To improve the scattering characteristic, adaptive stealth elements 42, 44, and 46 are attached to the button hook support 18. While there is a slight increase in the over-all blockage, the induced field ratio for each individual stealth element is much smaller than that of untreated sections of the button hook.
The shape of each feed spoiler segment is the rooftop 50, otherwise referred to as an "ogive," shown in cross section in FIG. 3. As used in this description and in the appended claims, the terms "roof" and "rooftop" refer to a structure characterized by the confluence, along a linear region (which may, or may not, be straight) of two sheetlike faces which are joined along a common edge. The angle between the faces is typically in the range of 10°-30°, however other angles providing for substantial electromagnetic coverage of the feed spoiler segment by the rooftop may also be used within the claimed scope of the invention. Referring further to FIGS. 2 and 3, feed spoilers 42, 44, and 46 may be fabricated out of any electrically conducting material. In the preferred embodiment, brass sheet is employed. Rooftop 50 is coupled to waveguide 18 so as to extend out from the narrow dimension 54 of the waveguide and to substantially cover waveguide 18 and thus to hide it electromagnetically from radiation directed toward or away from concave reflector 12. Sleeves 56, or, alternatively, the edges of the faces of feed spoilers 42, 44, and 46 distal to ridge 52, may overlap the wide dimension 58 of the waveguide, and may be attached using any bonding technique. Ideally, ridge 52 should be pointed, however a small radius provides acceptable results. In a preferred embodiment, feed spoilers 42, 44, and 46 are glued to waveguide 18. In a preferred embodiment, further, in which the invention is applied to parabolic reflector 12 having a 2-ft diameter and microwave radiation in the band between 21.2 Ghz and 23.6 Ghz, the height of ridge 52 of rooftop 50 is approximately 1.5 wavelengths of the microwave radiation, or, on the order of the dimension of width of appropriately sized rectangular waveguide, as measured from the center 8 of waveguide 18. The precise dimension results from optimization to meet desired specifications of the radiation pattern.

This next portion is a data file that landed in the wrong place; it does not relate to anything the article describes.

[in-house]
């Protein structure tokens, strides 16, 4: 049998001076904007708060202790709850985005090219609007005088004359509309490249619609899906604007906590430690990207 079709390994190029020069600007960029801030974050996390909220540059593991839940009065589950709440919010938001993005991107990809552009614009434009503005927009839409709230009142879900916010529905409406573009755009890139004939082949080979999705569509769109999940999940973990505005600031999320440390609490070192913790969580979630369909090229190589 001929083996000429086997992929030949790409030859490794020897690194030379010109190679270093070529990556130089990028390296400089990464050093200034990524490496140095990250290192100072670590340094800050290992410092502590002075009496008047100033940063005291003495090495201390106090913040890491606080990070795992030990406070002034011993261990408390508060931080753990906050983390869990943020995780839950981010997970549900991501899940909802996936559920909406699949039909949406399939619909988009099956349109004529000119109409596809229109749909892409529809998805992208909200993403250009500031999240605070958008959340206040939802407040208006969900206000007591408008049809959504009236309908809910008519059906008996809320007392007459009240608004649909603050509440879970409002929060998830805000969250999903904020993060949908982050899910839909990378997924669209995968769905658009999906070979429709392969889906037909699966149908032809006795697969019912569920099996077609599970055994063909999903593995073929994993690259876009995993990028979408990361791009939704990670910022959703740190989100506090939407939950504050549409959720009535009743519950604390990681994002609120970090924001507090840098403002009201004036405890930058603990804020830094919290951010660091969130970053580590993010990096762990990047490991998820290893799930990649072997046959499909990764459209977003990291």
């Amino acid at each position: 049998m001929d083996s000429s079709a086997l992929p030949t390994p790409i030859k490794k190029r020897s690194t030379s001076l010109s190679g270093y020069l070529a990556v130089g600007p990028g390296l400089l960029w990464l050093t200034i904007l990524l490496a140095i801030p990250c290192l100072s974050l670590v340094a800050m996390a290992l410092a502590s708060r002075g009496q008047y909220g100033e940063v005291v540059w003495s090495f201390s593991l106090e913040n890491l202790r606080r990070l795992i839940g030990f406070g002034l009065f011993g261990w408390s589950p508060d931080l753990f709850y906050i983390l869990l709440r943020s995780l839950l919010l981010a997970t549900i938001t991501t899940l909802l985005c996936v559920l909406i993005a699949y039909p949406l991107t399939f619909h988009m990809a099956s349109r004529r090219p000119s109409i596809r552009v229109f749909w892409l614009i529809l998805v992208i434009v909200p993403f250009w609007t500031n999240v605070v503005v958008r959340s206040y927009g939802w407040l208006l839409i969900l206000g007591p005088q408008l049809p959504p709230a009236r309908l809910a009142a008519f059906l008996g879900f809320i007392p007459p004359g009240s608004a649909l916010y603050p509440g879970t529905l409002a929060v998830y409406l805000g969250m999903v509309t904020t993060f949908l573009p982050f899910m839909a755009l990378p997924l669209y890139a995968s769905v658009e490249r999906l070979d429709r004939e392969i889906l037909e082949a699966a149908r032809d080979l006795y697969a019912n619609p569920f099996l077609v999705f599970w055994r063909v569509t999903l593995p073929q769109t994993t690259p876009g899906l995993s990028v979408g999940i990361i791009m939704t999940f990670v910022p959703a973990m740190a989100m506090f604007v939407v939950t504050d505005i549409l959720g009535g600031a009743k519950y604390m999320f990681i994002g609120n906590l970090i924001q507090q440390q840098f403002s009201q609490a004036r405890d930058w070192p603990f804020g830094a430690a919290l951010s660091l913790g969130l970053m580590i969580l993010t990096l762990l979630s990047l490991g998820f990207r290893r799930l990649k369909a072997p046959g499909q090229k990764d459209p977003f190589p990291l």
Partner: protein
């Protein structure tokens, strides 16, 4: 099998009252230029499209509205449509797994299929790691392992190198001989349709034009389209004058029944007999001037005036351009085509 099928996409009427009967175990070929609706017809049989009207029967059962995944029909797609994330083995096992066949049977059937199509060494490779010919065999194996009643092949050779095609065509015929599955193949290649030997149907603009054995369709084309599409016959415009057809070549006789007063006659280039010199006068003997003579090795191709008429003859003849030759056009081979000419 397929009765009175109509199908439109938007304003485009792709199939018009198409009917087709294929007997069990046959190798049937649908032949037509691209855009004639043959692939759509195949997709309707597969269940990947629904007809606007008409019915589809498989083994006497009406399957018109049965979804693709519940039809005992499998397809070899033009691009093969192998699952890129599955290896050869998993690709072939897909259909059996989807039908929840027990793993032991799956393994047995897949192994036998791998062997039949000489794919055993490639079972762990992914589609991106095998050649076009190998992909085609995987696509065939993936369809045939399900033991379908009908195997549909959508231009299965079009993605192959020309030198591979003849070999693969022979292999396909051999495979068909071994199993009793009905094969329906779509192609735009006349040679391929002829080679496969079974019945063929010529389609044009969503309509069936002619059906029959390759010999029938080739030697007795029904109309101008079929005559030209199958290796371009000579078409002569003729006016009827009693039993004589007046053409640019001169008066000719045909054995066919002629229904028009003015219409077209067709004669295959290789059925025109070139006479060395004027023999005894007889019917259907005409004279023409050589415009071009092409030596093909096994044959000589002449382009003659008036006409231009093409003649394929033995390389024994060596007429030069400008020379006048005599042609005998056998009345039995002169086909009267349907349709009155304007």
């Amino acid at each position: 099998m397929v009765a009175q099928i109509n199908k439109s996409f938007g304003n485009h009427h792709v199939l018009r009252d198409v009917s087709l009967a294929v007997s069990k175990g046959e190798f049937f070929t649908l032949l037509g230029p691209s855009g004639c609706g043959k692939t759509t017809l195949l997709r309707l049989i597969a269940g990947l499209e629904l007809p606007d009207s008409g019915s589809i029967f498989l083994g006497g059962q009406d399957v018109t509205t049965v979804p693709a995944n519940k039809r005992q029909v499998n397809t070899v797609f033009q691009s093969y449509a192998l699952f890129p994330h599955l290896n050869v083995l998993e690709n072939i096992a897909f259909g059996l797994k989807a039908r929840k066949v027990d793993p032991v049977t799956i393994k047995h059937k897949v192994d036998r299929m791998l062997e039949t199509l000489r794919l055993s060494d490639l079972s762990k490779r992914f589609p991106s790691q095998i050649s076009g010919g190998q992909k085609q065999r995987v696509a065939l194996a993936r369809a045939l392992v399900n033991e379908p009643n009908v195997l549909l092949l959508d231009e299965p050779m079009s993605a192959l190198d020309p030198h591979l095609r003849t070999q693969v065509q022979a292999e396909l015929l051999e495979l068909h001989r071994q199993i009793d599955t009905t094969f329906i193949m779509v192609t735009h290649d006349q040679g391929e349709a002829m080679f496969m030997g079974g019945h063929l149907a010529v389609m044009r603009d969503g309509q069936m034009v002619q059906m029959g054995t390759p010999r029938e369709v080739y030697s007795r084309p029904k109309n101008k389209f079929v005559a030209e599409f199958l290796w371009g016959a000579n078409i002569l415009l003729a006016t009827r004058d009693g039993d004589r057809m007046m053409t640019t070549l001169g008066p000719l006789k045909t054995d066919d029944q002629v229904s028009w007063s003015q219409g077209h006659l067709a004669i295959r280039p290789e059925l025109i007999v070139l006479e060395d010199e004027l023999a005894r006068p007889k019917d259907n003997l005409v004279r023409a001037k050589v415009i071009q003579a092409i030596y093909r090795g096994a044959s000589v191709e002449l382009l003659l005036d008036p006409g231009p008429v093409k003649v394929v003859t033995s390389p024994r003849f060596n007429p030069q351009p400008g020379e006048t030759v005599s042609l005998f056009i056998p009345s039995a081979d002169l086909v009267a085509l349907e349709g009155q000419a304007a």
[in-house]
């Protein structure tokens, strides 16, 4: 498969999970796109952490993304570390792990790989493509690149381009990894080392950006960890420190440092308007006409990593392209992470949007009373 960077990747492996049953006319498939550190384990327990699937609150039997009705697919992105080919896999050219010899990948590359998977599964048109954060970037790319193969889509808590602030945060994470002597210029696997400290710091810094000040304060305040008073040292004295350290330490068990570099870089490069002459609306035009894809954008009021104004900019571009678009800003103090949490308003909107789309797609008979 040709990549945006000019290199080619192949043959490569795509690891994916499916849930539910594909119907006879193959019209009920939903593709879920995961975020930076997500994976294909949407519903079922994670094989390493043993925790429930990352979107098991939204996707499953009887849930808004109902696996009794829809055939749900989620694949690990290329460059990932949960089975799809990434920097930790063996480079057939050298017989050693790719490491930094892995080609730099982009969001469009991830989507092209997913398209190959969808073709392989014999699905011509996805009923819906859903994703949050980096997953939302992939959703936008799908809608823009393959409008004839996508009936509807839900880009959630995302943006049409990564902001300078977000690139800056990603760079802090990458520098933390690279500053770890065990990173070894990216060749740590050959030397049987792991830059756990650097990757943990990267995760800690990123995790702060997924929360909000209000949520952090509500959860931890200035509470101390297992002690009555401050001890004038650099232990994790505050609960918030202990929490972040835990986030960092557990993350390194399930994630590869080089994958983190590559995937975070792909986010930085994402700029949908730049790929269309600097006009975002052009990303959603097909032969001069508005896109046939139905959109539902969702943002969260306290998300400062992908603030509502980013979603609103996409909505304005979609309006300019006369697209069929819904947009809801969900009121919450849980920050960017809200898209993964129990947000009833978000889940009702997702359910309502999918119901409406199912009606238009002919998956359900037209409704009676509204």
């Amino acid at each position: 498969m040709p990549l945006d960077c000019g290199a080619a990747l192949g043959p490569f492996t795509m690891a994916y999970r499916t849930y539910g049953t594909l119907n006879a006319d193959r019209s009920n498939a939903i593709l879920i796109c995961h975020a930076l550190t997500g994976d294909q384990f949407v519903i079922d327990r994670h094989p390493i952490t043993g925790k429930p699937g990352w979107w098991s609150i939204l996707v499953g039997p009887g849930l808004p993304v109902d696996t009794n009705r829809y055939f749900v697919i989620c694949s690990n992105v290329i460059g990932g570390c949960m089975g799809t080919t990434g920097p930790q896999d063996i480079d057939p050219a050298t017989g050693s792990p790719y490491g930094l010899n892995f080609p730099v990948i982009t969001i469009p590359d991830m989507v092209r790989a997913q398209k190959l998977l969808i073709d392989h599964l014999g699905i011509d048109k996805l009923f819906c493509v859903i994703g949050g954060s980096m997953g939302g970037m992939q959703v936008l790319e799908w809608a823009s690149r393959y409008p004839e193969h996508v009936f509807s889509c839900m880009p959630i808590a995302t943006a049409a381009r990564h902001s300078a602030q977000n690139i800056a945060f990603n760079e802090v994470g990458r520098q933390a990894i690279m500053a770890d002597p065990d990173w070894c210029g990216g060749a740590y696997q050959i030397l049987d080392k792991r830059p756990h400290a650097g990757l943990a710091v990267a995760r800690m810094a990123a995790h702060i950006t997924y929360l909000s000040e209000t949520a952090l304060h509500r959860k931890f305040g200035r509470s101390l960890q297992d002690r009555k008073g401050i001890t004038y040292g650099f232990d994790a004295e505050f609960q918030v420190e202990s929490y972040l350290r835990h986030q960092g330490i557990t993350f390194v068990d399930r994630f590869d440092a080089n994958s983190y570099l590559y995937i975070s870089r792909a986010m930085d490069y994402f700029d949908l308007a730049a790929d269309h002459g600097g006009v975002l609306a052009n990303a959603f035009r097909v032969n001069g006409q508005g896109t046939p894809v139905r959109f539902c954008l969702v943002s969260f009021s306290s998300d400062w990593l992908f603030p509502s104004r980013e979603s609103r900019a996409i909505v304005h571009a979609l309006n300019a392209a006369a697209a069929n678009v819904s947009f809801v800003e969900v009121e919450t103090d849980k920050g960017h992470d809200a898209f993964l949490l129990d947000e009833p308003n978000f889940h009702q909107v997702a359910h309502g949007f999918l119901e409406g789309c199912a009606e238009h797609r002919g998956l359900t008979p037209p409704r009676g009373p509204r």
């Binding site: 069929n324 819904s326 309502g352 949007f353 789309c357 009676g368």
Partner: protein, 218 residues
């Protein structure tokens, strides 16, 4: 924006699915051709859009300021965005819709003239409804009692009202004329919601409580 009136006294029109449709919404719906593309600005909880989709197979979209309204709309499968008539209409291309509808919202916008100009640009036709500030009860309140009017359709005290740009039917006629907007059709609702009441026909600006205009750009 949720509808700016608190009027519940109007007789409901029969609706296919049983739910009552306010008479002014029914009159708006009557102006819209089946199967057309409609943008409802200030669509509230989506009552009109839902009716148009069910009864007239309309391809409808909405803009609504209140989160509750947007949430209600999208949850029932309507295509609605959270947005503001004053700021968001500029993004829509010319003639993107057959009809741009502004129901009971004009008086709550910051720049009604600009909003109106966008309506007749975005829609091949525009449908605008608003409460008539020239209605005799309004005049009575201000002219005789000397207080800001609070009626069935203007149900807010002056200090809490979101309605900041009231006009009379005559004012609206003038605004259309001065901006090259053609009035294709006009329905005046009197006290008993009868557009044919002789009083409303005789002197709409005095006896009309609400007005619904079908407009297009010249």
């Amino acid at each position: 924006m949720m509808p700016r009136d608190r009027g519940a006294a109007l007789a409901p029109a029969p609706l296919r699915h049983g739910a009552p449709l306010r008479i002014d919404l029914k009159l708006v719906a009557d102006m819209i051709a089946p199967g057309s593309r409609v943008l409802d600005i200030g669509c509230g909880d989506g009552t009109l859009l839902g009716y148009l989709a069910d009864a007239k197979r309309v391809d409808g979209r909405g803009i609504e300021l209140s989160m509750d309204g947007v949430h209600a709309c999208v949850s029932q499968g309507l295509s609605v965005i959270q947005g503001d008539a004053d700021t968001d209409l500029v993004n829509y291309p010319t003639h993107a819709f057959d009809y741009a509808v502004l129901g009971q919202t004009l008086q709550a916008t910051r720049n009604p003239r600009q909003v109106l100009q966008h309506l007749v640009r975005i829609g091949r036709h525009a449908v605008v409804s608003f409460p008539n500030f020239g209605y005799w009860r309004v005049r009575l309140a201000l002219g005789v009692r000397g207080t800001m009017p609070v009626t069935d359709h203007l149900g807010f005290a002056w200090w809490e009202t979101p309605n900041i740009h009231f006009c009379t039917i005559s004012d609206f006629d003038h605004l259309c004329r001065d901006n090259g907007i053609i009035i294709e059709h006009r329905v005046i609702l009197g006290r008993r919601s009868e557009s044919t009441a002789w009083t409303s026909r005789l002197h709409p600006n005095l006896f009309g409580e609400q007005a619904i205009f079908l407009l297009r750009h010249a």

Referring now to FIG. 4, an exploded view of microwave antenna feed 40 incorporating the current invention shows the feed spoiler coupled to the button hook feed support 18 of a microwave antenna. First feed spoiler 42 is disposed along the horizontally and diagonally oriented segments of waveguide 18, more specifically along the edge facing feed horn 16. Second feed spoiler 44 is disposed along the vertically oriented segment of waveguide 18, more specifically along the edge facing concave reflector 12. In one embodiment, it extends from bend 6 upward fully to feed horn 16. In a preferred embodiment, second feed spoiler 44 is terminated in a taper 49. Third feed spoiler 46 is disposed along the vertically oriented segment and around bend 6 of waveguide 18, more specifically along the edge facing away from central portion 13 of parabolic reflector 12 (shown in FIG. 2). In a preferred embodiment of the invention, feed spoilers 42, 44, and 46 may be disposed so that ridges 52 run parallel to the corresponding portions of feed support 18 which the feed spoilers hide.
In an alternative embodiment of the invention, applied to parabolic reflector 12 having a 4-ft diameter and a circular pipe (not shown) supporting waveguide 18 above bend 6, feed spoiler 42 has two rooftops 50 in a double profile shape such as to extend to both narrow sides 54 of waveguide 18. A feed spoiler having two rooftops may also cover one or more other portions of waveguide 18 within the scope of the present invention.